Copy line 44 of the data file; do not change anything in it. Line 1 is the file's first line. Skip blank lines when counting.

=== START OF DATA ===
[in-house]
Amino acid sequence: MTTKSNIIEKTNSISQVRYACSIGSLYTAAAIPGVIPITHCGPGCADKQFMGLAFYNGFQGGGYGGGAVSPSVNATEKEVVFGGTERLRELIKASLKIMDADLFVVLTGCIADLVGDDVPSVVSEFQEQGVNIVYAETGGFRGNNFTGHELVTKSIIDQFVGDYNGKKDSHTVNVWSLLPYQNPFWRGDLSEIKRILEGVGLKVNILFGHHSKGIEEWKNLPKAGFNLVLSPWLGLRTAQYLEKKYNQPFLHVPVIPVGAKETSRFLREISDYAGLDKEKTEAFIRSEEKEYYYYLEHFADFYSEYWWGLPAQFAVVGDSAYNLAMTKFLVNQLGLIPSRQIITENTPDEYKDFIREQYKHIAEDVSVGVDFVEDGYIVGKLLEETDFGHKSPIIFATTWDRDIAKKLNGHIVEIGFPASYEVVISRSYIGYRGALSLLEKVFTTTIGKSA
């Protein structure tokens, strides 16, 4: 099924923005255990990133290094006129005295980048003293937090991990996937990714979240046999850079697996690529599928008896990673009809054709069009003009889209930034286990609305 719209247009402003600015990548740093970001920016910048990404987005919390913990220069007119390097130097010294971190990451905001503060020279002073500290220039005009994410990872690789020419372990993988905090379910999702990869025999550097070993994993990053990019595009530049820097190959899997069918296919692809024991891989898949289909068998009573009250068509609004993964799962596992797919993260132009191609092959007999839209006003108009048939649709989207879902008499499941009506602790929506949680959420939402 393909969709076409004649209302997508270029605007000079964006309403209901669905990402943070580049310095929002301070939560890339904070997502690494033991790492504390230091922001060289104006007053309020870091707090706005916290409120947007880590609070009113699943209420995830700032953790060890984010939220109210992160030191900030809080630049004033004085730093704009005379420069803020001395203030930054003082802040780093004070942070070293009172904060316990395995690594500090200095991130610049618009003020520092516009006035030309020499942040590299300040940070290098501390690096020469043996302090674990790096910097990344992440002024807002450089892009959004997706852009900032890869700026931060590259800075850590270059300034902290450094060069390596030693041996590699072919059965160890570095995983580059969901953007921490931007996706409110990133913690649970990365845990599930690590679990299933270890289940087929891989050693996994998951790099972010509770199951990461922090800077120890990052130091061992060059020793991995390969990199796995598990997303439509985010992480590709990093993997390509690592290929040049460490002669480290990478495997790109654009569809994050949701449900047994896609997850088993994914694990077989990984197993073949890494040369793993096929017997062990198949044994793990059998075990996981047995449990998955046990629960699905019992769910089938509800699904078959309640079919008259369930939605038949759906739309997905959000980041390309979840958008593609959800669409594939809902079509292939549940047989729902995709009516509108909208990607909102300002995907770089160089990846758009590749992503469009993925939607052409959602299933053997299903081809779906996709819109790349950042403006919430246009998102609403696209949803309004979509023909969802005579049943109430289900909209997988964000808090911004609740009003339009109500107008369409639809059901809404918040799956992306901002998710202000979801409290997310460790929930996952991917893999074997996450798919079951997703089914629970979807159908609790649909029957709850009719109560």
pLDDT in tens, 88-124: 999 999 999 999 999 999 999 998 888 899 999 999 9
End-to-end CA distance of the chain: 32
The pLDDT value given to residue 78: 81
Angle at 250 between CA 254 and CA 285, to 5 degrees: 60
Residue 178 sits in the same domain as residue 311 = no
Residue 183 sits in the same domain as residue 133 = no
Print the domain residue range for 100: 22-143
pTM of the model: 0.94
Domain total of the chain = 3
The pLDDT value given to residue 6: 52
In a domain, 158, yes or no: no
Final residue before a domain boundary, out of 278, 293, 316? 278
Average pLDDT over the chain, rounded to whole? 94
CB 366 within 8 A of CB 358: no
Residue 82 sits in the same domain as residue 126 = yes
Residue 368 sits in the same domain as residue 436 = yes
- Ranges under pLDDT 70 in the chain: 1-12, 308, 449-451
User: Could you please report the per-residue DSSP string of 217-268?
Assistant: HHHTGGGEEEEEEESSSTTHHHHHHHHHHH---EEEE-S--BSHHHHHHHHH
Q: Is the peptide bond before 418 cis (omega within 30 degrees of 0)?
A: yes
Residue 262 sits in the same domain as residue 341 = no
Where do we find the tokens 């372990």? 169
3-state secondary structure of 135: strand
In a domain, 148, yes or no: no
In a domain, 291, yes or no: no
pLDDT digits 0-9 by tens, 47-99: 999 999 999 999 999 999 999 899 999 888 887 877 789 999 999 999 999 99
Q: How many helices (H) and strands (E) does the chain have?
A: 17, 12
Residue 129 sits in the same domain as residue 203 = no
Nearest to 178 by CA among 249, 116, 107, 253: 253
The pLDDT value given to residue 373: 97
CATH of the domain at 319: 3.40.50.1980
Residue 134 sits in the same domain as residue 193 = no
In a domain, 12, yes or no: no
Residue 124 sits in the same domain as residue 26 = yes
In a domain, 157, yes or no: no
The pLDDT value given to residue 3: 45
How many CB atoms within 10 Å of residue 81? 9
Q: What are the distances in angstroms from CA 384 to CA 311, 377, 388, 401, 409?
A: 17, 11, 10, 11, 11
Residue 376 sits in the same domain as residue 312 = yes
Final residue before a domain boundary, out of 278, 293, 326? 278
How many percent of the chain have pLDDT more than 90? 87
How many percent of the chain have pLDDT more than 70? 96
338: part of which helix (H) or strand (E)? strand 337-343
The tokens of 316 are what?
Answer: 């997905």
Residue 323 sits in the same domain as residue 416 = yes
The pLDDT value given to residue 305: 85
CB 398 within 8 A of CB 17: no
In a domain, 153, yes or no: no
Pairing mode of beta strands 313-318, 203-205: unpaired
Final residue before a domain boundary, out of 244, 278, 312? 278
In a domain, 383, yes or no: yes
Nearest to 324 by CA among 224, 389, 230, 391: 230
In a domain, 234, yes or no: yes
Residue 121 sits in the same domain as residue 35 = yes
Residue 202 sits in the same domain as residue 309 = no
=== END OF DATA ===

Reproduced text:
A: 17, 11, 10, 11, 11